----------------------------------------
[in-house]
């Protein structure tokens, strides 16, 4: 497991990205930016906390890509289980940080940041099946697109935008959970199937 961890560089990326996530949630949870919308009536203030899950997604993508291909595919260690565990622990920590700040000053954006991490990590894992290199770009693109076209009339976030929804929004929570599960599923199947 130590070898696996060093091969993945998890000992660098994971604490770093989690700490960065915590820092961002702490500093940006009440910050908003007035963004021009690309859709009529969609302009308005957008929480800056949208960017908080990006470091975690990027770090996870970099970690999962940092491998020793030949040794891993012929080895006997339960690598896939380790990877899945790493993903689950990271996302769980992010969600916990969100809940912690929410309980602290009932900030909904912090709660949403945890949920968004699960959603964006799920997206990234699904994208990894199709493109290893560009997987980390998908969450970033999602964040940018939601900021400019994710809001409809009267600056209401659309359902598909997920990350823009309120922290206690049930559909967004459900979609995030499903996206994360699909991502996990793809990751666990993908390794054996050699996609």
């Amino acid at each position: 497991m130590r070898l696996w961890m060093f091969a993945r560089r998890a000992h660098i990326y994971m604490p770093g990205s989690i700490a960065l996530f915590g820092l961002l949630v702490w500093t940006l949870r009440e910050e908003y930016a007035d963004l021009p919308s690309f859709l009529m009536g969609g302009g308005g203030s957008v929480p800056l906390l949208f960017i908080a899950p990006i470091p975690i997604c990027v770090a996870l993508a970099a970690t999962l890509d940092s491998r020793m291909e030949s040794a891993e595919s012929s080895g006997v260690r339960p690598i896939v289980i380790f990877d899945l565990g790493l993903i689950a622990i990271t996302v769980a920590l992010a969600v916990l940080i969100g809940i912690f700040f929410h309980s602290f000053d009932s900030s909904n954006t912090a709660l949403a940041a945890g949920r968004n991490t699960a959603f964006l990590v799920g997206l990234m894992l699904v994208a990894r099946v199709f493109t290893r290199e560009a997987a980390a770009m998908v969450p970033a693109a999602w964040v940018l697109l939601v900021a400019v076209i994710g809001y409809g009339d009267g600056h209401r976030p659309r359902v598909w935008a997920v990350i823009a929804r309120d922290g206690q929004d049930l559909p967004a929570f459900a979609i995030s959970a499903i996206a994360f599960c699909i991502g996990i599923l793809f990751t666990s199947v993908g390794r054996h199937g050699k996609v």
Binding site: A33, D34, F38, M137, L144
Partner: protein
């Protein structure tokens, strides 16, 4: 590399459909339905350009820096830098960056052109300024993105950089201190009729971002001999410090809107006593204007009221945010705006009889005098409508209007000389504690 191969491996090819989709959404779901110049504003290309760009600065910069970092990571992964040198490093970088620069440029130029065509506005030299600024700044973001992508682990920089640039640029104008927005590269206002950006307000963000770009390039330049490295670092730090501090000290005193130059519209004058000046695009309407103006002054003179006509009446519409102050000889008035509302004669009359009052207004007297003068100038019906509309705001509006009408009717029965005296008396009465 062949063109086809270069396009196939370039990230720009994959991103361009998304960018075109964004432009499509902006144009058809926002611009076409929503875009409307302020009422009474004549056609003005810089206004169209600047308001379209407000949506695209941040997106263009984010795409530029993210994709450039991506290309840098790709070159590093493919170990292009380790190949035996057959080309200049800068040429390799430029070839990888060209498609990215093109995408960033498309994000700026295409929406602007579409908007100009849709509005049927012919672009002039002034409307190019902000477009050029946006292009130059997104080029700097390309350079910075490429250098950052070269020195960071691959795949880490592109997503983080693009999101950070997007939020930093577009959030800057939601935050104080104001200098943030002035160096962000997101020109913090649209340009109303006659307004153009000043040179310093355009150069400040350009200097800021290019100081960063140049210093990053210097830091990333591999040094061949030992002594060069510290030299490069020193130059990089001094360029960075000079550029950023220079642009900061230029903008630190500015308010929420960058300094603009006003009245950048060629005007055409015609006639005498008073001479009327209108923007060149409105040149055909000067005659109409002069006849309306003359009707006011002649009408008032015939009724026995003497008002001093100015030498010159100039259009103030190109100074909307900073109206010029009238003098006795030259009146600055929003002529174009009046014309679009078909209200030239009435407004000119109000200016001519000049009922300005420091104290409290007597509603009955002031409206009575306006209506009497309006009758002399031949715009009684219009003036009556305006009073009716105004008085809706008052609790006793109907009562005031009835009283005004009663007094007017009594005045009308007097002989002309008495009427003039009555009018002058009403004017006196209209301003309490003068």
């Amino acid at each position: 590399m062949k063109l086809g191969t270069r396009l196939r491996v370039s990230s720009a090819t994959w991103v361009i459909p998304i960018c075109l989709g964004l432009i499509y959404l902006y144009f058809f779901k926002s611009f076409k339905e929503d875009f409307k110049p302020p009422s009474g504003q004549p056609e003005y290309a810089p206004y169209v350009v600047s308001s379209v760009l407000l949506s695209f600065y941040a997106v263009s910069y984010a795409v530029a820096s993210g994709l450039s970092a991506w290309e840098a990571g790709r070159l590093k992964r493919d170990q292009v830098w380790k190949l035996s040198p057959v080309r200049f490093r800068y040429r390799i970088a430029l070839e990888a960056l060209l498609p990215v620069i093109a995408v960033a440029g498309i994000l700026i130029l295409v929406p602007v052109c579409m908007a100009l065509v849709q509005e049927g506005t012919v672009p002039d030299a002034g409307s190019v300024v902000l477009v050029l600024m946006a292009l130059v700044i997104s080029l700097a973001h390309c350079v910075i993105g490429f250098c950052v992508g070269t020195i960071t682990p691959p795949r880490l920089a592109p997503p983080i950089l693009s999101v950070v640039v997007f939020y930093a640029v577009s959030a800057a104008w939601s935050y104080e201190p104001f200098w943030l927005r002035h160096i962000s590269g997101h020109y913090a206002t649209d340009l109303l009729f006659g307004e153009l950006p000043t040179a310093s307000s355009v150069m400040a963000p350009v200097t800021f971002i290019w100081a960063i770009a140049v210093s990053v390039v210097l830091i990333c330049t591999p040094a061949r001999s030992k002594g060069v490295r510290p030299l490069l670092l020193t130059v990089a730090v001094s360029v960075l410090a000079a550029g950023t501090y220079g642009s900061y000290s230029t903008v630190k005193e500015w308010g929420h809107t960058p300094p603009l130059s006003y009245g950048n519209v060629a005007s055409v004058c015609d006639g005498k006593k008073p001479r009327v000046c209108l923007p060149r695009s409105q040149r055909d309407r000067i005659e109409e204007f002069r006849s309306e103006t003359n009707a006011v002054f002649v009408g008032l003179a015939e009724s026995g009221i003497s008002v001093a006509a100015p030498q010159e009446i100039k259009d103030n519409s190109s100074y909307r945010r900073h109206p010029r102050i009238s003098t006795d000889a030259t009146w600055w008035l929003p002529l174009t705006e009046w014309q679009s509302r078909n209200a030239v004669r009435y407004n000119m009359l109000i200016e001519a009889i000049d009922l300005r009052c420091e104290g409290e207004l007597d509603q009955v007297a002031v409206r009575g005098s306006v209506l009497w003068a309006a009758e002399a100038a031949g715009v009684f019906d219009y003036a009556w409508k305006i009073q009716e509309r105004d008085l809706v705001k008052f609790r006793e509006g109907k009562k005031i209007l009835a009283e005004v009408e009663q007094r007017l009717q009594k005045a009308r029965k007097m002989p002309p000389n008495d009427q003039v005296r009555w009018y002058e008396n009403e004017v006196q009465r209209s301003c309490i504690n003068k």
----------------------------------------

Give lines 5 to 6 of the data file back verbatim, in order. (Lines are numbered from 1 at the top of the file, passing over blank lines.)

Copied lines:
Partner: protein
């Protein structure tokens, strides 16, 4: 590399459909339905350009820096830098960056052109300024993105950089201190009729971002001999410090809107006593204007009221945010705006009889005098409508209007000389504690 191969491996090819989709959404779901110049504003290309760009600065910069970092990571992964040198490093970088620069440029130029065509506005030299600024700044973001992508682990920089640039640029104008927005590269206002950006307000963000770009390039330049490295670092730090501090000290005193130059519209004058000046695009309407103006002054003179006509009446519409102050000889008035509302004669009359009052207004007297003068100038019906509309705001509006009408009717029965005296008396009465 062949063109086809270069396009196939370039990230720009994959991103361009998304960018075109964004432009499509902006144009058809926002611009076409929503875009409307302020009422009474004549056609003005810089206004169209600047308001379209407000949506695209941040997106263009984010795409530029993210994709450039991506290309840098790709070159590093493919170990292009380790190949035996057959080309200049800068040429390799430029070839990888060209498609990215093109995408960033498309994000700026295409929406602007579409908007100009849709509005049927012919672009002039002034409307190019902000477009050029946006292009130059997104080029700097390309350079910075490429250098950052070269020195960071691959795949880490592109997503983080693009999101950070997007939020930093577009959030800057939601935050104080104001200098943030002035160096962000997101020109913090649209340009109303006659307004153009000043040179310093355009150069400040350009200097800021290019100081960063140049210093990053210097830091990333591999040094061949030992002594060069510290030299490069020193130059990089001094360029960075000079550029950023220079642009900061230029903008630190500015308010929420960058300094603009006003009245950048060629005007055409015609006639005498008073001479009327209108923007060149409105040149055909000067005659109409002069006849309306003359009707006011002649009408008032015939009724026995003497008002001093100015030498010159100039259009103030190109100074909307900073109206010029009238003098006795030259009146600055929003002529174009009046014309679009078909209200030239009435407004000119109000200016001519000049009922300005420091104290409290007597509603009955002031409206009575306006209506009497309006009758002399031949715009009684219009003036009556305006009073009716105004008085809706008052609790006793109907009562005031009835009283005004009663007094007017009594005045009308007097002989002309008495009427003039009555009018002058009403004017006196209209301003309490003068």